Petco Settlement Reached

November 17, 2004

By Robert McMillan, IDG News Service

The U.S. Federal Trade Commission has reached a settlement with pet food retailer Petco Animal Supplies of charges that the company's Web site violated federal law by making deceptive security claims.

A security flaw in Petco's Web site left customers' credit card numbers exposed to attackers. The FTC alleges that Petco did not take reasonable measures to protect its Web site and made deceptive claims in stating that customers' credit card numbers would be "shielded from unauthorized access."

This flaw was exploited in a June 2003 attack on in which a visitor was able to read customer data stored in Petco's database. According to Petco, the attack was perpetrated by an independent security consultant named Jeremiah Jacks, who immediately informed Petco of the vulnerability.

The vulnerability exposed only a limited amount of customer information, a Petco spokesman said. "What he got was credit card numbers, but there was no other customer information accompanying those numbers," he said.

Under the terms of the settlement, announced Wednesday, Petco is prohibited from misrepresenting the security of its Web site and must establish a comprehensive security information program, which will be subject to independent audits for the next 20 years, said Alain Sheer, an attorney in the FTC's Division of Financial Practices.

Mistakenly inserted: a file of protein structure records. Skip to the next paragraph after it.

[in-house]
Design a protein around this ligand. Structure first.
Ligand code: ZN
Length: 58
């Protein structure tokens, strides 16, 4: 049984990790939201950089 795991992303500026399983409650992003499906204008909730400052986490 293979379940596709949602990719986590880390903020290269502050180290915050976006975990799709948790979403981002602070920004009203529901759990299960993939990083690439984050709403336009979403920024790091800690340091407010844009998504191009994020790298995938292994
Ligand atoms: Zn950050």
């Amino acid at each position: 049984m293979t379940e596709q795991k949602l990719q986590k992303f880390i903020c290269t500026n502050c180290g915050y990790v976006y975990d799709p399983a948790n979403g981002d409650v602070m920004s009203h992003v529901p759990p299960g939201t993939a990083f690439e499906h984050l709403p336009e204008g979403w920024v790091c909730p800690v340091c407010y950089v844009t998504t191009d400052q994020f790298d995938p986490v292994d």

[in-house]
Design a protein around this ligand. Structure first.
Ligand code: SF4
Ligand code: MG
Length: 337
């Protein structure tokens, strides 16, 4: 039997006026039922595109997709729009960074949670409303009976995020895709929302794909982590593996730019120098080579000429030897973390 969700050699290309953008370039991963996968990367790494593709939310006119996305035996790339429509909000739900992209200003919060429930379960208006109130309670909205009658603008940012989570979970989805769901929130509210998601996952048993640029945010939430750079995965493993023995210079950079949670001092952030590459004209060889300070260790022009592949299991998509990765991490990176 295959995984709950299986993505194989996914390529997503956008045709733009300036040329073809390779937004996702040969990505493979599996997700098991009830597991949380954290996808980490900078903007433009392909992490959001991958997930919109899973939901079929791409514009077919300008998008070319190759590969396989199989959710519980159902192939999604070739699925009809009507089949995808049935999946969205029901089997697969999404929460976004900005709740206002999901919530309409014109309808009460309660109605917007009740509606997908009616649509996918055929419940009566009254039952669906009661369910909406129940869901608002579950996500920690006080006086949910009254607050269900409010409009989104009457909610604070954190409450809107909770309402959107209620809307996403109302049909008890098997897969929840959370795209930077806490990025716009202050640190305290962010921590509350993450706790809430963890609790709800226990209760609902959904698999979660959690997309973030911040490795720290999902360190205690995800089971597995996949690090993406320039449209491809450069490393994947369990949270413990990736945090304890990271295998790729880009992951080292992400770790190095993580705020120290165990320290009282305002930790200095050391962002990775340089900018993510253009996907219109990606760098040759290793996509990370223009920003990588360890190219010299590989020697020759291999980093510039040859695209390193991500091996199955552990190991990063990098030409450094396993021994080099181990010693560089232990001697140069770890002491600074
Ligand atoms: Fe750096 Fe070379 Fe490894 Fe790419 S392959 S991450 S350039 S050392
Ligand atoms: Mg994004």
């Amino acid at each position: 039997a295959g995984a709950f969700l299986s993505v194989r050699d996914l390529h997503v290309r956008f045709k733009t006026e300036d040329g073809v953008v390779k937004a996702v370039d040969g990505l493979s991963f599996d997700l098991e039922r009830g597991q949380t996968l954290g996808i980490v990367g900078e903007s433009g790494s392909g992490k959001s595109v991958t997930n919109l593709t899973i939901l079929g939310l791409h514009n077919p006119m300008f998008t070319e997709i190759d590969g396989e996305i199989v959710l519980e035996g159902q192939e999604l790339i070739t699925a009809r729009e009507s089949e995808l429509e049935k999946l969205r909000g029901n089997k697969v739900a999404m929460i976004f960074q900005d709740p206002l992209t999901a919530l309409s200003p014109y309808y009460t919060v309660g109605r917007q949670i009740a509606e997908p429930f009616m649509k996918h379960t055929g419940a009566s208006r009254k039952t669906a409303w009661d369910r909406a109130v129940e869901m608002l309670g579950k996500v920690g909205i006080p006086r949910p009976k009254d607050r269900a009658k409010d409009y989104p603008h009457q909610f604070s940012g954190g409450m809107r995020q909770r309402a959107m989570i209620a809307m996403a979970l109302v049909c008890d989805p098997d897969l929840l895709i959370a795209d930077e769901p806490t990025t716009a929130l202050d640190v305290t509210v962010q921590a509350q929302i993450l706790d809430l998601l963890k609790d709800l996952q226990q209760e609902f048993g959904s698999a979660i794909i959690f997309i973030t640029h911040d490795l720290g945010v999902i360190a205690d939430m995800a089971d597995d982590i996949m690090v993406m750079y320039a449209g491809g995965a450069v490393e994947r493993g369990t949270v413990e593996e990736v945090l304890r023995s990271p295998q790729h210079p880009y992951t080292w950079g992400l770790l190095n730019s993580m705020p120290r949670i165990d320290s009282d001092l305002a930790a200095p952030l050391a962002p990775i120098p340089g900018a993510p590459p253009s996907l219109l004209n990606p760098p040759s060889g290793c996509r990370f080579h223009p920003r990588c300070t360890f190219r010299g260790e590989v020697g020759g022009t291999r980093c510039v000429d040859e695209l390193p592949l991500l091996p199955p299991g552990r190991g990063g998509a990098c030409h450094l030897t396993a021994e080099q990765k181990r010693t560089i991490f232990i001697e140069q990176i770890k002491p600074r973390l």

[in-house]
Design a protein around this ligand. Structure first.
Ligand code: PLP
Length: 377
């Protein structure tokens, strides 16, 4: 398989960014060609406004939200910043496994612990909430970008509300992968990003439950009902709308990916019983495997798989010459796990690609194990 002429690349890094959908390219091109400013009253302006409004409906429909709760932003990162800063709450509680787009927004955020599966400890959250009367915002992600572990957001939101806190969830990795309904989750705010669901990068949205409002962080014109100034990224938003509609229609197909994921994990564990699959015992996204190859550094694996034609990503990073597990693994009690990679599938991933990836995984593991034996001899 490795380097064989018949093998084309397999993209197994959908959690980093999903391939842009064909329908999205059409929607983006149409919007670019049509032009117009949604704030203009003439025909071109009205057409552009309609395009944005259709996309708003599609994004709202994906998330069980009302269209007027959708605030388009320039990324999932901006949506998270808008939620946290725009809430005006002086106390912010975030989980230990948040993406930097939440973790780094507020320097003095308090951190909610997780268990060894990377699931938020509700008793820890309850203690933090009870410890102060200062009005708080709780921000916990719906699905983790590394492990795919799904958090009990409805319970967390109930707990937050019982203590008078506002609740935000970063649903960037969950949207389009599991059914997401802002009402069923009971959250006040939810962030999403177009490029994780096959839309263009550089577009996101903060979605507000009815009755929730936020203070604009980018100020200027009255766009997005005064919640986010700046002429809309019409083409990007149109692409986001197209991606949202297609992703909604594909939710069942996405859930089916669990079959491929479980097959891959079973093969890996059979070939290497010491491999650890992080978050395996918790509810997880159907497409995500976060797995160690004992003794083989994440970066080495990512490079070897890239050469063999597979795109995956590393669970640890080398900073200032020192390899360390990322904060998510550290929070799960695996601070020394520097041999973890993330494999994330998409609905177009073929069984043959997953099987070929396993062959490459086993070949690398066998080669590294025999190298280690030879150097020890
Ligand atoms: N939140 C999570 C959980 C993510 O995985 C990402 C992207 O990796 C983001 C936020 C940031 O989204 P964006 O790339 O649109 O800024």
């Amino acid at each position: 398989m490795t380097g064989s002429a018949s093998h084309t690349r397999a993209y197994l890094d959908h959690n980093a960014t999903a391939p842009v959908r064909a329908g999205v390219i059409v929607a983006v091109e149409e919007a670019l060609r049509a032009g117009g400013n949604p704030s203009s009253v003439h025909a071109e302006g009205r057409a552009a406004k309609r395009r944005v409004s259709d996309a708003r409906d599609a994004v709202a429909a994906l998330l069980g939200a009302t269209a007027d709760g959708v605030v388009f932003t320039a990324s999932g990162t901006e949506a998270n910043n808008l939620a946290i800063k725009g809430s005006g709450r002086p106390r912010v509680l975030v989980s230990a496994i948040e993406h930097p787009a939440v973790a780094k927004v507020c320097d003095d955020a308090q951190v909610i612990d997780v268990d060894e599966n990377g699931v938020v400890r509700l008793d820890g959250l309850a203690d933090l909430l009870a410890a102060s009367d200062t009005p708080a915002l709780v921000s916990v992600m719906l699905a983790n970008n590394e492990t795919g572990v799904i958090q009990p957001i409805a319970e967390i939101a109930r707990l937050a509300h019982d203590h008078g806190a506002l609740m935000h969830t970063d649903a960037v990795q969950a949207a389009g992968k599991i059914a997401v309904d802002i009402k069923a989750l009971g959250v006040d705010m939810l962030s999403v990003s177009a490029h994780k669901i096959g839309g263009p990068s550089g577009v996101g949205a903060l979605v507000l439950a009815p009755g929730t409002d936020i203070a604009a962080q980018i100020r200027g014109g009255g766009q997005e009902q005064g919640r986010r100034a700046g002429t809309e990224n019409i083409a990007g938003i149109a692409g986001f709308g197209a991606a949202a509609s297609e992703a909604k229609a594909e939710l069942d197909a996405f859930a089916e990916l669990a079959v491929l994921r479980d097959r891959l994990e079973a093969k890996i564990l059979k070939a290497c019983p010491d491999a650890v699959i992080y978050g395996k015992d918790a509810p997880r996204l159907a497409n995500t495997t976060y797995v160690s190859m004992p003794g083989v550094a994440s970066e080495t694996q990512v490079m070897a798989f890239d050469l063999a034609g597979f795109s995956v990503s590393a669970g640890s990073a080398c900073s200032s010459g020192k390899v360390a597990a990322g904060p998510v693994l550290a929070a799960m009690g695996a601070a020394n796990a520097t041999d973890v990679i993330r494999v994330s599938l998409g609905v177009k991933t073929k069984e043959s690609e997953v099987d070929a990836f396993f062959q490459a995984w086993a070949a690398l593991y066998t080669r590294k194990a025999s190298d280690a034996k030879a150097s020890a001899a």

Petco could be held in contempt of court if it violates the agreement, Sheer said.

It should help to deter other companies from ignoring and misrepresenting security vulnerabilities on their Web sites, he added. "Obviously there's some pretty bad publicity here," Sheer said. "We think that should be a deterrent."

The FTC has reached similar settlements with Eli Lilly, Microsoft, Guess and Tower Direct, Sheer said.

"Petco is committed to keeping all customer information obtained through our Web site and stores private and secure," the Petco spokesman said.

main page ATTRITION feedback